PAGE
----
The majority of teaming arrangements usually take place between large and small businesses, where either one could be the prime, depending on the procurement type. A full and open procurement where anyone can compete will usually have large businesses as the primes with small business subcontractors, whereas in small business set asides, you might see small–large arrangements, and even teams of multiple small businesses.
Because the size rules are complex, small business size is the largest cause for protests. Teaming could be one of the contributors to the problem. Therefore, you must understand the rules that have to do with the small business type and size, and how the government views your size.
The RFP will state a couple of things you have to pay attention to when teaming. It will include a NAICS code that will tell you what is considered the small business size for that procurement, and the associated dollar value that you cannot exceed as your average gross annual receipts for the past three years to qualify (for most businesses in the services industry), or the maximum number of employees (applicable to such businesses as manufacturing, telecommunications, and transportation companies). It will also state whether the contract is a set-aside or full and open. On full and open contracts, the NAICS is there to show a threshold at which a large business will get credit for subcontracting with small businesses.
For example, if the RFP is released under NAICS 541512, Computer Systems Design Services, then the small business under that NAICS should have made no more than $25.5 million in average gross receipts for the past three years by the time of proposal submission.
It would be too simple if it ended there, if not for pesky affiliation rules. Affiliation essentially means that the government can add up the size of all the companies teaming together instead of looking at the size of just the small business prime, and treat the team as one bidder. If the government considers companies affiliated for size purposes, it will add teammates’ gross receipts numbers (or employee numbers) together; if they do that, the sum might exceed the size standard of the NAICS for that RFP, rendering the team’s proposal invalid. Behaviors that can leave you vulnerable to an assessment of affiliation include going after the same bids with the same team over and over again, using each other’s offices on a regular basis, or repeatedly sharing resources such as a proposal team. Even if you do not advertise these facts, a protest by a bitter competitor who is privy to these details could lead to a decision that you have been acting as one company.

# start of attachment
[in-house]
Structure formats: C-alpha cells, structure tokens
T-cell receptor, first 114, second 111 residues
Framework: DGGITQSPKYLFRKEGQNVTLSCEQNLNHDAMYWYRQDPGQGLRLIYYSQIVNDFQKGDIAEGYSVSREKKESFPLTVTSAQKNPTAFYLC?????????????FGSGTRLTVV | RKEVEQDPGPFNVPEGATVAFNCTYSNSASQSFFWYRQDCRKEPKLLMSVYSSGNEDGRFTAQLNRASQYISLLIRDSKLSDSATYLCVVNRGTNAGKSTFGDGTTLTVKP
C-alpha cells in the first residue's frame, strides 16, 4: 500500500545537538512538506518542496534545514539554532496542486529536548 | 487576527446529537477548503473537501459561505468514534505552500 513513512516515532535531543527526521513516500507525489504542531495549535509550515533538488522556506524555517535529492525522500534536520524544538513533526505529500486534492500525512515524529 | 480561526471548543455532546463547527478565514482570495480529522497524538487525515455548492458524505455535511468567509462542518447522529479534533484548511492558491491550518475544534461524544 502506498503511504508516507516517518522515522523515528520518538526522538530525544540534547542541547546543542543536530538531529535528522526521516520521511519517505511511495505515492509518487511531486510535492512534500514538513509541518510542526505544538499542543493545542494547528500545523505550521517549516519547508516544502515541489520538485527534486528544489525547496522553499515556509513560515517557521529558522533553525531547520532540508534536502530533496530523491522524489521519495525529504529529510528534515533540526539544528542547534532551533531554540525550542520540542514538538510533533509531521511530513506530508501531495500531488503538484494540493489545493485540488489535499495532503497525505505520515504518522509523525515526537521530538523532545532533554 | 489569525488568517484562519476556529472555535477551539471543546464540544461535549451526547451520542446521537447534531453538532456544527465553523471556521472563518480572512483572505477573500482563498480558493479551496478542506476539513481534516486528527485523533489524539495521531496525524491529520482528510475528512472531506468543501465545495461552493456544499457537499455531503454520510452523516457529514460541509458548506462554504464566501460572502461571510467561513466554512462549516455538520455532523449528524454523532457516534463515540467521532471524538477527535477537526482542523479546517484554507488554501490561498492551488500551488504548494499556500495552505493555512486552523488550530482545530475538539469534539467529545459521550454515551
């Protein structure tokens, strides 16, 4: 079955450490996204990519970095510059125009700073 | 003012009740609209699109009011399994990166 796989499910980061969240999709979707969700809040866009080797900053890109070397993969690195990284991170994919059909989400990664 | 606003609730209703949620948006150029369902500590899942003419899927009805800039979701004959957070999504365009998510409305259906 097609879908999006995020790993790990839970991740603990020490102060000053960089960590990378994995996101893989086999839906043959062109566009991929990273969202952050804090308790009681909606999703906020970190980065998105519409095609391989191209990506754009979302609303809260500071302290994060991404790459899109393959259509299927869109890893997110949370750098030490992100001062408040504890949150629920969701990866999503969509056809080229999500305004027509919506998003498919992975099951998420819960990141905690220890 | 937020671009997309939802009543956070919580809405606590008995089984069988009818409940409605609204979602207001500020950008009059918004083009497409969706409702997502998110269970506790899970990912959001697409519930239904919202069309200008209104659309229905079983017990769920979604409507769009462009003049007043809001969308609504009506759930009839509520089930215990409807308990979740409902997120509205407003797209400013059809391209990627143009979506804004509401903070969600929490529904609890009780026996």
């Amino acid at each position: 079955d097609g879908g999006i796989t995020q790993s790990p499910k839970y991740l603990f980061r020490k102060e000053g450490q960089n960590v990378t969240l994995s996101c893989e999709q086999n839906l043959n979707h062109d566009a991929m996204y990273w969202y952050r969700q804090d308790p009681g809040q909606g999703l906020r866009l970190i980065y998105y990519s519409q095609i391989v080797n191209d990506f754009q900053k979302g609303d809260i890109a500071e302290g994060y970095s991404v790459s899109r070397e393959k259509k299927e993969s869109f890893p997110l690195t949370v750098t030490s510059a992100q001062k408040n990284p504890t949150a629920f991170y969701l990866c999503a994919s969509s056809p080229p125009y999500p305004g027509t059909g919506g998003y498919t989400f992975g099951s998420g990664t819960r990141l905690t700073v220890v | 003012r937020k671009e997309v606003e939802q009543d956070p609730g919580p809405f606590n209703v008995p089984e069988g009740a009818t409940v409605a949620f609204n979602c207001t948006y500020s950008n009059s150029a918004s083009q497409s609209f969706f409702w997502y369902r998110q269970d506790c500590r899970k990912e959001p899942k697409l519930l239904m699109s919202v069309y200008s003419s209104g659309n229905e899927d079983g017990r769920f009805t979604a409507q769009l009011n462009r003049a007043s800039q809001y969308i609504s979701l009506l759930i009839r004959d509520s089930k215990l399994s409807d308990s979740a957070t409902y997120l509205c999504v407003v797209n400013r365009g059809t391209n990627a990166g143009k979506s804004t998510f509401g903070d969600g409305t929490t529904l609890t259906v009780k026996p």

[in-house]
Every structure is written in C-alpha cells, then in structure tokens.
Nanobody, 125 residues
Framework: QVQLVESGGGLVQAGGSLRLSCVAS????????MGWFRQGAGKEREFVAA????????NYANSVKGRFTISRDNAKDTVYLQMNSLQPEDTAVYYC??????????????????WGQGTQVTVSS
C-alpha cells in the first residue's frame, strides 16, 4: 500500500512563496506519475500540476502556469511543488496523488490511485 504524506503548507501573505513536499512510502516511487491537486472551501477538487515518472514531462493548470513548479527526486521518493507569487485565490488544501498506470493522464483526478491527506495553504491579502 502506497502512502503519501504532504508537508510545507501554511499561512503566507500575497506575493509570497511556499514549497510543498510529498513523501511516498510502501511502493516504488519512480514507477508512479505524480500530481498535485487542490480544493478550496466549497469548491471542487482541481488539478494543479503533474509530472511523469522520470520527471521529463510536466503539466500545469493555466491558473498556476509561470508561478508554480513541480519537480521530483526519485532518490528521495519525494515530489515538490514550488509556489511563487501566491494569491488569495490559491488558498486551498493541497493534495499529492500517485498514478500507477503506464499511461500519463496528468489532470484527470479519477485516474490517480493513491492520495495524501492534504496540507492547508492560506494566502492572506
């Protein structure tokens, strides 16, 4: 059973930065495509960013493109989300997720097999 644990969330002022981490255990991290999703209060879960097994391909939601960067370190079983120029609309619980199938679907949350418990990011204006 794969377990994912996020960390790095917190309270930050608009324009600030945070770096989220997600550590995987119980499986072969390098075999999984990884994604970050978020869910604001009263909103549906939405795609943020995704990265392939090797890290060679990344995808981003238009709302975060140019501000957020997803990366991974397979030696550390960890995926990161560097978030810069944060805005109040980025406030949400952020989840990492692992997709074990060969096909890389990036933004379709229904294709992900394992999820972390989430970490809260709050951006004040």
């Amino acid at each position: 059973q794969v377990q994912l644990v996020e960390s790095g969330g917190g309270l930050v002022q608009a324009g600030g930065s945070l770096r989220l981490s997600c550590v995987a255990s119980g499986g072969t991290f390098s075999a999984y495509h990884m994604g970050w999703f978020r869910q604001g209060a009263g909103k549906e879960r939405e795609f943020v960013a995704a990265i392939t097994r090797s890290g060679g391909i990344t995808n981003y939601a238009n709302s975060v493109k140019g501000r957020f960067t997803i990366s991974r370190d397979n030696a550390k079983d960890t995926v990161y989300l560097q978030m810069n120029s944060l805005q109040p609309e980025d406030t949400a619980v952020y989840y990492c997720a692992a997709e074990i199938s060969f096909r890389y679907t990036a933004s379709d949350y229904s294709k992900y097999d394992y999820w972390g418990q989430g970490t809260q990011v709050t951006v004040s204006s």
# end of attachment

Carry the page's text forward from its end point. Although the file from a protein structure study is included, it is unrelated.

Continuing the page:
Generally speaking, you don’t have to fear this in your regular teaming arrangements, even if you tend to go with the same teammates, because teaming agreements don’t automatically create an affiliation. Just make sure that you have a formal teaming agreement in place.
JVs that are not of the SBA mentor–protégé kind, however, can create an affiliation. You have to follow many rules if you want to bid on small business set-aside solicitations as a JV. JVs should be formed for a specific “bundled” pursuit (where the government has combined multiple different requirements to form a larger project), before you submit the proposal. JVs have to be formed for a particular purpose, such as winning a specific contract.
To avoid affiliation, a small business JV can be awarded no more than three contracts in two years (with some exceptions you should read up on if you are finding yourself in this situation). If the JV is ongoing, and is pursuing multiple contracts, it is considered a partnership, not a JV, and the companies will be considered affiliated for size purposes.
For a procurement having a revenue-based size standard, the dollar value of the procurement, including options, has to exceed half the size standard corresponding to the NAICS code assigned to the contract. When the employee-based size standard applies, the dollar value of the procurement has to exceed $10 million.
For example, if you are going after a $5 million contract, and the NAICS code for the procurement is $7 million, it is perfectly okay because $5 million is more than $3.5 million (which is half of $7 million).
You also need to follow the rules that are specific to each type of small business JV. If these rules don’t make sense and you are doing it for the first time, get a government contracts lawyer or contact a consultant to guide you through the rules.
Contact us to learn more.